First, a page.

Wine culture can seem intimidating if you’re used to simply drinking whatever you recognize first on the wine menu, but it certainly shouldn’t be! While it’s not necessary to pack in all the bells and whistles just to sip a chilled glass of your favourite with dinner, knowing how to elegantly offer a bottle of wine to guests and loved ones is a fun way to deepen your enjoyment- and look a little fancy, too! Here’s Louisvale Wines’ cheat sheet on how to open your wine with a flourish that will make you look like an expert no matter where you roam on the Stellenbosch Wine Route.

Wait- there’s a right way to open wine?

While you can say whatever gets the job done works, there is a traditional way to open a wine bottle if you’d like the full 5-star experience. You’re most likely to see it in a restaurant (like our delicious Food @ Louisvale), but you can always pull it out for a special touch if you’re entertaining, too.

First up, let’s introduce your sommelier. Think of them as a ‘wine waiter’, but this isn’t just Joe Average. Sommeliers are people who love their wine and usually helped to compile the restaurant’s wine list themselves. If there’s anything you don’t know, don’t hesitate to ask them! They are experts who are there to help you get the very best from your wine experience and love nothing more than to talk about wine. 

Typically, your somm (as those in the know call them) will have a ‘waiter’s friend’, a little ‘wine knife’, that looks like a cross between a normal corkscrew and a swiss army knife. Firstly, they will show you the bottle. This is often done with a flourish, but it’s also practical, confirming that you’re getting the vintage you asked for. They will then slash the foil at the top of the bottle. If you’re trying this for yourself, do it below the lip of the glass. Wine on foil oxidises very quickly and will smell (and taste) horrible, so you want to make sure it doesn’t touch. Extra points if you get the somm grip right- knife on the index finger, so you ‘pinch’ the foil open, not slashing at it like Indiana Jones!

Just a dash of ceremony

Next, they will whisk the foil off the bottle (into a pocket or rubbish cart). Remember, nothing should touch the table, not even the bottle!

Opening a cork top is a ceremony unto itself, and it’s a nifty trick to know. Your somm will swap to the corkscrew on his knife, and push the tip in lightly, dead centre of the cork. Now for some gentle twisting. It’s important not to push right through the cork- they can be fragile, especially on older vintages, and you don’t want to pop cork bits into your wine! You should stop roughly one turn from fully through the cork, ensuring you have enough depth to get good traction, but not enough to fragment the cork.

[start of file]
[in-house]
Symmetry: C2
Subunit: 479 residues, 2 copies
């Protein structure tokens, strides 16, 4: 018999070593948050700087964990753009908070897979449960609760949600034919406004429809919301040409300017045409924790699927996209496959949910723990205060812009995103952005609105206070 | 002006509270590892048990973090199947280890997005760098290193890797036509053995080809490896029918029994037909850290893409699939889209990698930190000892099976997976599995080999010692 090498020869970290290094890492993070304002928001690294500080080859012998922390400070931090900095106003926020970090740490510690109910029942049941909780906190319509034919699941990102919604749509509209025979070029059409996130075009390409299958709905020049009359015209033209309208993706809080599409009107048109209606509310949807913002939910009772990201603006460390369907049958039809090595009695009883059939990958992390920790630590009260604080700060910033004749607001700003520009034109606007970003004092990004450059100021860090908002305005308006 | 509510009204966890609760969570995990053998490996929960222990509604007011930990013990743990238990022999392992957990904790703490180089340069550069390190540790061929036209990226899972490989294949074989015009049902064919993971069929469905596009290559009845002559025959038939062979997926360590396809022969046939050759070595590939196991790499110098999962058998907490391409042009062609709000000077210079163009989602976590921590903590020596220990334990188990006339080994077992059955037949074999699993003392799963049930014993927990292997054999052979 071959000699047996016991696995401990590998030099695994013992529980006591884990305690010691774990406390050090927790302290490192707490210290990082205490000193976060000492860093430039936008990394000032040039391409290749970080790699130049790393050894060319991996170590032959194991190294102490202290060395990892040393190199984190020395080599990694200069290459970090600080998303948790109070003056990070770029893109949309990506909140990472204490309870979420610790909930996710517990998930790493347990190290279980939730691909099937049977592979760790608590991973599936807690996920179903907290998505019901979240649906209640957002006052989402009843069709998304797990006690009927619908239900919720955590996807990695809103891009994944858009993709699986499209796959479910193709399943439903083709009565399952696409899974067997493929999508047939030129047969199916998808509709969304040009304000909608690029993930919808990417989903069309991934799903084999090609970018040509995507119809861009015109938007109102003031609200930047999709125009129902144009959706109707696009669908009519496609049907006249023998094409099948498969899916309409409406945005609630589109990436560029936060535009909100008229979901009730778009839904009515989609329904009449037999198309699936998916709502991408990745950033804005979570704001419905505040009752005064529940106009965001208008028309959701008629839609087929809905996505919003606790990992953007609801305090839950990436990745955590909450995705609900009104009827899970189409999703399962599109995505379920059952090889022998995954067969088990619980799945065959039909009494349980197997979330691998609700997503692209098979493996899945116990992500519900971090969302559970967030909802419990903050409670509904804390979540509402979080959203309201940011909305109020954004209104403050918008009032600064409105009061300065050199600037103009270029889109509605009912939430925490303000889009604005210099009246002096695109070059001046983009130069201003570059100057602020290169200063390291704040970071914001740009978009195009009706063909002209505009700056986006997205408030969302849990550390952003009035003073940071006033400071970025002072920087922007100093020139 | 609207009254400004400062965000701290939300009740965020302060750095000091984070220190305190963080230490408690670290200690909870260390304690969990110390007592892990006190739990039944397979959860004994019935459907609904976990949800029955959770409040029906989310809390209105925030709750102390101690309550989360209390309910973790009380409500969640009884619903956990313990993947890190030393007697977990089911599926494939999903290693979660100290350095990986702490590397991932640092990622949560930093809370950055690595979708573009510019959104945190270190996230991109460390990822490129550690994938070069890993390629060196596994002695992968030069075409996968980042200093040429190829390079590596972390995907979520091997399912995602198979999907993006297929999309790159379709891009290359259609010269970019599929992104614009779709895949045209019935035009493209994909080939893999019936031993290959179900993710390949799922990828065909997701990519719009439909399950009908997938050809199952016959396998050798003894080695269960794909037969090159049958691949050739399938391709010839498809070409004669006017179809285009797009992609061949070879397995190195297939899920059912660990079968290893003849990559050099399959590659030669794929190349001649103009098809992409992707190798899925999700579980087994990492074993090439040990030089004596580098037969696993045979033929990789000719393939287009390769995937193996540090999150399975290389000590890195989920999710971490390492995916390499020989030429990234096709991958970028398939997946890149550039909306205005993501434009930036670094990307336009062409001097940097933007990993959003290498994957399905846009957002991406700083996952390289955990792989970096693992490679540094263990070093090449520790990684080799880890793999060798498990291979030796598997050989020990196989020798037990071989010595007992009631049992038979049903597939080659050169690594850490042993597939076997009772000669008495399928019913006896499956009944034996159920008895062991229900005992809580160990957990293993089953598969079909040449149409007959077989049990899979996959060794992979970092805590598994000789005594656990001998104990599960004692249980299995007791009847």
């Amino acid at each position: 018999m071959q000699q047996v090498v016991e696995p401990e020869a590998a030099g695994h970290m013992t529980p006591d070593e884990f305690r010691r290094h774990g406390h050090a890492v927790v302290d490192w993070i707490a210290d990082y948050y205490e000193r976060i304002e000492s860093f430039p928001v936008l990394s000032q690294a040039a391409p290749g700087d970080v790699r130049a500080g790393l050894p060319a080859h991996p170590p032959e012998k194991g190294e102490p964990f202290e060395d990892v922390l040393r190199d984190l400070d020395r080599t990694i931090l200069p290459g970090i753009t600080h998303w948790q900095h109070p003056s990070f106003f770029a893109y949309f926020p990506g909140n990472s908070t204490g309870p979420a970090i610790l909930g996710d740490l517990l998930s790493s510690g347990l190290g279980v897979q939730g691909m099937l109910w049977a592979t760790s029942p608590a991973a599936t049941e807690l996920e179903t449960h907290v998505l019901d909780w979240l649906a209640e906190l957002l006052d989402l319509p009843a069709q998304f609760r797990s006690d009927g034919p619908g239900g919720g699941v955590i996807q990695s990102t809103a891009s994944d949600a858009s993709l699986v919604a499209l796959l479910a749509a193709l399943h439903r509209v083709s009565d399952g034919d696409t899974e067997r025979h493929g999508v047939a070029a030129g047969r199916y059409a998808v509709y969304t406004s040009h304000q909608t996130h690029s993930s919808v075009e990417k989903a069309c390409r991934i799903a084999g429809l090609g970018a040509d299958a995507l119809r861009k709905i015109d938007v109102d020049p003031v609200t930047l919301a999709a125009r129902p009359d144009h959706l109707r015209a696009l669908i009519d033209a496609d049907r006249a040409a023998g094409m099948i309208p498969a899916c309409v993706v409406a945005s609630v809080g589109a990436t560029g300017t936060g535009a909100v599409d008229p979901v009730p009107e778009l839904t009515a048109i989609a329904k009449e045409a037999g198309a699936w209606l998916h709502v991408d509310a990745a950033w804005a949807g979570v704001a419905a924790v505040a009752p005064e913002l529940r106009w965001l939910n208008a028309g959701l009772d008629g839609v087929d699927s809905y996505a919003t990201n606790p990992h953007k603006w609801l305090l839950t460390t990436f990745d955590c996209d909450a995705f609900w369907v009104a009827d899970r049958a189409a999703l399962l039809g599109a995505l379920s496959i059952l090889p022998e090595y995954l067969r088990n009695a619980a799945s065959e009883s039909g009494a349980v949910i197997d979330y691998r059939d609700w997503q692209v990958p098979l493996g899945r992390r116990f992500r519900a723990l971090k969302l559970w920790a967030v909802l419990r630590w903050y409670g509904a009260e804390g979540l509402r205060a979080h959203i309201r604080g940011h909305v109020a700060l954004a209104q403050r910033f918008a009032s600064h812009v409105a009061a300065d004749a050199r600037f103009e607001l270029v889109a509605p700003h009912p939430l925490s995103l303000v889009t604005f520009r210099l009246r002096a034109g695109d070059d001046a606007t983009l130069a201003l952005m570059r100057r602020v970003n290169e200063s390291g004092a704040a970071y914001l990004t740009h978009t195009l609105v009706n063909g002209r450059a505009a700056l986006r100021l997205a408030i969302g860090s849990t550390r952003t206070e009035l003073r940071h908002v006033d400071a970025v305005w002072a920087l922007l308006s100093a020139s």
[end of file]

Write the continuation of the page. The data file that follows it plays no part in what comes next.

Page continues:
We’re going to bring out that index finger again. Rest the top ridge of the lever against the bottle lip, balanced by your index finger, and gently slide. Rinse and repeat with the second ridge, but don’t pull the cork just yet!

Making the moment

Now it’s time to ease out the cork. Traditionally, the host (or guest of honour) is shown the cork. This serves to prove the cork is in good condition (and not in your bottle), and you’re supposed to check out the vineyard stamp, too. Ideally, your cork should come out a little wet at the end in the bottle, dry otherwise, and free of cracks or suspect chips. 

Why? A dry inner side could mean the wine wasn’t stored well. Moisture on the top, however, suggests a leak. Both could ruin the wine, so while this may seem odd, it’s actually pretty important!

Once approved, the host/guest of honour gets a small taster glass. Again, this is so you can make sure everything is well with your special purchase. When you’re happy, your somm will pour for everyone and drop the bottle into the ice bucket. Strictly traditionally, if you have a dinner course, you’ll pour about half a glass per guest, head around the table clockwise, and serve ladies before gentlemen.

Yes, such an elaborate pouring ceremony can seem a little much, so it’s very situational. You probably wouldn’t do the whole thing just to crack a chilled Cape chardonnay on a summer’s evening! If you enjoy your wines, however, it’s a nice touch, and you’ll see it done at high-end restaurants with ‘fancy’ wine lists to celebrate. It’s a good skill to have tucked in your back pocket, making sure you look suave and sophisticated no matter what. 

Keen to see a full wine opening in person? Why not swing by Louisvale Wines and enjoy something delicious from our menu? Our friendly team loves hearing from wine lovers, so don’t be shy!